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EPA-0863 - Progression of Changes in Brain Structure and Executive Functions in Children and Adolescents with First-Episode Psychosis

Published online by Cambridge University Press:  15 April 2020

C. Martínez Díaz-Caneja
Affiliation:
Child and Adolescent Psychiatry Department. CIBERSAM. IiSGM. School of Medicine Universidad Complutense, Hospital General Universitario Gregorio Marañón, Madrid, Spain
R. Piqueras
Affiliation:
Department of Psychiatry, Hospital General Universitario Gregorio Marañón, Madrid, Spain
I. Nieto
Affiliation:
Department of Psychiatry, Hospital General Universitario Gregorio Marañón, Madrid, Spain
L. Pina-Camacho
Affiliation:
Child and Adolescent Psychiatry Department. CIBERSAM. IiSGM. School of Medicine Universidad Complutense, Hospital General Universitario Gregorio Marañón, Madrid, Spain
J. Janssen
Affiliation:
Child and Adolescent Psychiatry Department. CIBERSAM. IiSGM. School of Medicine Universidad Complutense, Hospital General Universitario Gregorio Marañón, Madrid, Spain
J. Merchán-Naranjo
Affiliation:
Child and Adolescent Psychiatry Department. CIBERSAM. IiSGM. School of Medicine Universidad Complutense, Hospital General Universitario Gregorio Marañón, Madrid, Spain
D. Fraguas
Affiliation:
Child and Adolescent Psychiatry Department. CIBERSAM. IiSGM. School of Medicine Universidad Complutense, Hospital General Universitario Gregorio Marañón, Madrid, Spain
E. De la Serna
Affiliation:
Child and Adolescent Psychiatry and Psychology Department. Neuroscience Institute. CIBERSAM. University of Barcelona, Hospital Clínic i Provincial, Barcelona, Spain
I. Baeza
Affiliation:
Child and Adolescent Psychiatry and Psychology Department. Neuroscience Institute. CIBERSAM. University of Barcelona, Hospital Clínic i Provincial, Barcelona, Spain
J. Castro-Fornieles
Affiliation:
Child and Adolescent Psychiatry and Psychology Department. Neuroscience Institute. CIBERSAM. University of Barcelona, Hospital Clínic i Provincial, Barcelona, Spain
C. Arango
Affiliation:
Child and Adolescent Psychiatry Department. CIBERSAM. IiSGM. School of Medicine Universidad Complutense, Hospital General Universitario Gregorio Marañón, Madrid, Spain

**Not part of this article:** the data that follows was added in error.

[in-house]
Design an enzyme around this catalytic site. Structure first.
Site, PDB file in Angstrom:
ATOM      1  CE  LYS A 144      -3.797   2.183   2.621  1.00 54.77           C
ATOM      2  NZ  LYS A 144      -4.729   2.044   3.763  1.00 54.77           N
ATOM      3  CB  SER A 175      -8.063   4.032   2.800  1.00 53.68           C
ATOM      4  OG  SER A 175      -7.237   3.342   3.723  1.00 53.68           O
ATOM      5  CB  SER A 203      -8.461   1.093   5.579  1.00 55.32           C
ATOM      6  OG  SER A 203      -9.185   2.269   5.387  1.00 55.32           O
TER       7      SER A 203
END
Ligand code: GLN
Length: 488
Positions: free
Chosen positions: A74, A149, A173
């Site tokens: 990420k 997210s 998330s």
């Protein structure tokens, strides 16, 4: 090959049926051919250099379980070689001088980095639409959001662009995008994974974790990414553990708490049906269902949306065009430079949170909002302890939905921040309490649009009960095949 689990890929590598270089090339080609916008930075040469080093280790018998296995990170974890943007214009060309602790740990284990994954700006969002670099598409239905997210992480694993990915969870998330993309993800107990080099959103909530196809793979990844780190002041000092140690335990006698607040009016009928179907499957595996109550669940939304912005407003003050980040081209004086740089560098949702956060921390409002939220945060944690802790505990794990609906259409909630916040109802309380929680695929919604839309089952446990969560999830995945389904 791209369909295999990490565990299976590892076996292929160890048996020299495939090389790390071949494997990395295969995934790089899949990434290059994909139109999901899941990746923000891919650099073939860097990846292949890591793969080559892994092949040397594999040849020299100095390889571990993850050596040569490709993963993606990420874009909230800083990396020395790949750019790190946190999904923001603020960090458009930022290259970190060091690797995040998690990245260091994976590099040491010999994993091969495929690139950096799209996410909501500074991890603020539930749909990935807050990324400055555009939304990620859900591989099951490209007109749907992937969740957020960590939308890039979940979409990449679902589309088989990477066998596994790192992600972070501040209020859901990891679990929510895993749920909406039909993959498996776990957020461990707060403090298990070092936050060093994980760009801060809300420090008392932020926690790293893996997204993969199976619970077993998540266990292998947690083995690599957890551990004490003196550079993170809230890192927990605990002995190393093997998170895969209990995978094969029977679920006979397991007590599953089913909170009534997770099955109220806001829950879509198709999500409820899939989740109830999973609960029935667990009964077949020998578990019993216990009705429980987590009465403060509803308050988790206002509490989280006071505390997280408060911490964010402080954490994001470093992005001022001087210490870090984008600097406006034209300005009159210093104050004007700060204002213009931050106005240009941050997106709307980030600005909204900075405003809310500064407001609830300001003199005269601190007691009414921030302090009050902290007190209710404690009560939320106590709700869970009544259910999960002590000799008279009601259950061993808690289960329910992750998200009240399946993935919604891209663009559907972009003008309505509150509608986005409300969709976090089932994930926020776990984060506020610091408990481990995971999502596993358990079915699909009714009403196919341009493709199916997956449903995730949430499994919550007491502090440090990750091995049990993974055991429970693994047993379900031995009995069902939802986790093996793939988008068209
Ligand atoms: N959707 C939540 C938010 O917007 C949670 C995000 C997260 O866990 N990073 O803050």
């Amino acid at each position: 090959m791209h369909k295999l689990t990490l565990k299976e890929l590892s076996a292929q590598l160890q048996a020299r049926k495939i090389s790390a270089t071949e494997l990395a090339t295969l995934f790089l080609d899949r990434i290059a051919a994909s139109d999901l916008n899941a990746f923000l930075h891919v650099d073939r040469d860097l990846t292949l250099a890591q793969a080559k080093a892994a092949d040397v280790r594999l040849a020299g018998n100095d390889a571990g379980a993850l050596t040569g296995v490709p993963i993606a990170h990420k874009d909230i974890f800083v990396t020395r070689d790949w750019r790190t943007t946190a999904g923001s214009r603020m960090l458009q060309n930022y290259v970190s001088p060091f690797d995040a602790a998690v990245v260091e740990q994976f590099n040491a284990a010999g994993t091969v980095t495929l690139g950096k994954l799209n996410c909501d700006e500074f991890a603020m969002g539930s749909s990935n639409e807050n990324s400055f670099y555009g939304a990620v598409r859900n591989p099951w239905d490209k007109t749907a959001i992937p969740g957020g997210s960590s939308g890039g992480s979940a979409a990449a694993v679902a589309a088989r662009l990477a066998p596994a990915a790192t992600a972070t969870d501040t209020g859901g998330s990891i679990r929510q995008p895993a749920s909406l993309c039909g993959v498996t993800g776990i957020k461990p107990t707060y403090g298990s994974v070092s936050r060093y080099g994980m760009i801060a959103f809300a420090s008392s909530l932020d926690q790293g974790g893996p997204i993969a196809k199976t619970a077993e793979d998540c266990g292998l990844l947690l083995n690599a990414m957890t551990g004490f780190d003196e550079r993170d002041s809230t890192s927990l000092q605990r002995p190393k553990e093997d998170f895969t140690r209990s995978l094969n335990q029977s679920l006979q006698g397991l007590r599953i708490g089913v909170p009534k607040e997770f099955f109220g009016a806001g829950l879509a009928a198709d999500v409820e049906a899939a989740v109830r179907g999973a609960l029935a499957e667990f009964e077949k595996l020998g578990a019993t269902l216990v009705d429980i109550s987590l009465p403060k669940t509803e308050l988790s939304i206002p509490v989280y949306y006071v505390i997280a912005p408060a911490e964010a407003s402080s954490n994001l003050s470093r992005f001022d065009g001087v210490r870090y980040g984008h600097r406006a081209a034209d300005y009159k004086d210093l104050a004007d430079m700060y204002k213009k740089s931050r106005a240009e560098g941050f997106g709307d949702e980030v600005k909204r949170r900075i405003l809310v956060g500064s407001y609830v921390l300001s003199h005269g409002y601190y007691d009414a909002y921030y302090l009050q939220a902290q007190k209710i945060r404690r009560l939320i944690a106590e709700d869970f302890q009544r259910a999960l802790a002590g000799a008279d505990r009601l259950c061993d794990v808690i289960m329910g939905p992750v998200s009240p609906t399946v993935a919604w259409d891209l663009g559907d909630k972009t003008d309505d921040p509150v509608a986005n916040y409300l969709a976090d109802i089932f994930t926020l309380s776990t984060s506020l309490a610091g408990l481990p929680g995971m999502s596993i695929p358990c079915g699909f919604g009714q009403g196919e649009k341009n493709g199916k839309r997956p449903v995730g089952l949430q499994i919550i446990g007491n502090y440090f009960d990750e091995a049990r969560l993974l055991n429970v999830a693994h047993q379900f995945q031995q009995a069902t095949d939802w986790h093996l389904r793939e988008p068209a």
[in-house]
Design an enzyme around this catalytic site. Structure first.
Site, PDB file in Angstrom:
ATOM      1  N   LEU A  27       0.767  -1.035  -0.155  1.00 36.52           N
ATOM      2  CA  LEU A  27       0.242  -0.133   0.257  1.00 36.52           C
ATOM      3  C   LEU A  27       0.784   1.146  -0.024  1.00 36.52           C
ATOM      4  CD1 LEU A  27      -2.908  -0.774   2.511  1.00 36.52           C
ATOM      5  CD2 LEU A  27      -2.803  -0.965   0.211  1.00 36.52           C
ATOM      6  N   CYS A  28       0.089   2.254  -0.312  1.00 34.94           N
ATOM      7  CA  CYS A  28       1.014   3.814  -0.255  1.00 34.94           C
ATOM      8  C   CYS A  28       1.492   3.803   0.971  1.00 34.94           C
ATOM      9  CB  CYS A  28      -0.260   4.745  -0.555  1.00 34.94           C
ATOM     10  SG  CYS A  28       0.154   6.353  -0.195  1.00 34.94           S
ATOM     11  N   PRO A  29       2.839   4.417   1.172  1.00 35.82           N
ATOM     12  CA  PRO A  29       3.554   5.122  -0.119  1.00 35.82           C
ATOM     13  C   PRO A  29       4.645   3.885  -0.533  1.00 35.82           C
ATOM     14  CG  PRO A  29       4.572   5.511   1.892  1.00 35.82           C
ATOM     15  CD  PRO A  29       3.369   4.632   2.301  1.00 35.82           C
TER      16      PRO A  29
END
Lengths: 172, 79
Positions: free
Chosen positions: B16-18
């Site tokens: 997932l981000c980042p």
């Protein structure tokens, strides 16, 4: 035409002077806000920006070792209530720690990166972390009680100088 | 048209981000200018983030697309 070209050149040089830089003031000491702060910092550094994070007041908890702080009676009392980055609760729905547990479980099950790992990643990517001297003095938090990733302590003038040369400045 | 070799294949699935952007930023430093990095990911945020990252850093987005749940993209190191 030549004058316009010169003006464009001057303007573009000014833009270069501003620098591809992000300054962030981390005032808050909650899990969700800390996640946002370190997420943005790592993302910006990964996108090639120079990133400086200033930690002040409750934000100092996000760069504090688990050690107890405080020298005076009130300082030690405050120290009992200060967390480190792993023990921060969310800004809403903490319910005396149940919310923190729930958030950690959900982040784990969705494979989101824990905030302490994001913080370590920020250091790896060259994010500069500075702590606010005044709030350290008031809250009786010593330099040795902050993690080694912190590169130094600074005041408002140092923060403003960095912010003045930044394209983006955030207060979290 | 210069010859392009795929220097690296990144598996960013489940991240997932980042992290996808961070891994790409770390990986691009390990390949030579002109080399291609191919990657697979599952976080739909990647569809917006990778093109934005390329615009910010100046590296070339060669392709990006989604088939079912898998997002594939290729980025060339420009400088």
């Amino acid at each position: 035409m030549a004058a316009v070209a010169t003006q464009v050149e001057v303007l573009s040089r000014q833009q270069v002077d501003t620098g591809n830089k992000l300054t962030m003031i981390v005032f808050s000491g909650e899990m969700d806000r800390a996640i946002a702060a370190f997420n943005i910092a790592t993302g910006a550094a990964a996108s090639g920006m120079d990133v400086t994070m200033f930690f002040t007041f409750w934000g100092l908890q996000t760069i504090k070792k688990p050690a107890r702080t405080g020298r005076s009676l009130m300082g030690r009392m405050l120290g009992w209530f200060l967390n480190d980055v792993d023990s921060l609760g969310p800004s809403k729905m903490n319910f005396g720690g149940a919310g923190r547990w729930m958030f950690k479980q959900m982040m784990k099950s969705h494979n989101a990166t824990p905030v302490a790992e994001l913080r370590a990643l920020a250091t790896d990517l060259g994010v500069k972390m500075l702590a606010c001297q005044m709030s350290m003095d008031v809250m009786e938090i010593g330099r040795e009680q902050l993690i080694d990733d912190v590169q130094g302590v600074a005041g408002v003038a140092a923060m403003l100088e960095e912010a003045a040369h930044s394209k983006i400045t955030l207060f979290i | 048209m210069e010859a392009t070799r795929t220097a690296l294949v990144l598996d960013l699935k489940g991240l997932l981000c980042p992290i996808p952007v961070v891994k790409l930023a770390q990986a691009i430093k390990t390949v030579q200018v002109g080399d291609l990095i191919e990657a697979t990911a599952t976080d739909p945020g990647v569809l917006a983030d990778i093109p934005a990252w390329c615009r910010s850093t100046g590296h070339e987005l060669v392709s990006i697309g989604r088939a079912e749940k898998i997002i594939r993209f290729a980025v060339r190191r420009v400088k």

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Abstract

Background:

Previous studies have reported progressive brain changes and cognitive deficits in early-onset psychosis (EOP). Little is known on the relationship between longitudinal changes in brain structure and neurocognition.

Methods:

Naturalistic 5-year prospective study comparing frontal gray matter (GM) volume and executive functions in adolescents with a first episode of EOP and a sample of healthy controls at baseline, 2-year and 5-year follow-up.

Results:

Thirty-six patients (age at baseline 15.8 ±.7, 66.6% male) and 34 controls (15.4±1.4, 55.9% male) comprised the study sample. Both patients and controls presented with frontal GM loss during the first five years of follow-up. During the first two years, patients presented with significantly greater GM loss than controls in the left (F=9.642, p=0.003) and right frontal lobe (F=7.585, p=0.008), with no significant differences between year 2 and 5. Patients with EOP performed significantly worse in executive tasks than controls in all visits. During the first two years of follow-up, controls, but not patients, presented with a significant improvement in executive functioning (F=7.523, p=0.009), with similar evolution of cognitive functioning between years 2 and 5 in both groups (F=0.908, p=0.346). Changes in frontal GM volume and executive functioning were not significantly correlated within the entire follow-up period.

Conclusion:

Over the first two years of illness, patients with EOP show greater frontal GM loss and less improvement in executive functions than expected. This could be a critical period for the development of deficits in EOP, in which more intensive interventions would be warranted.

Type
E06 - e-Poster Oral Session 06: Child Psychiatry and Personality Disorders
Copyright
Copyright © European Psychiatric Association 2014

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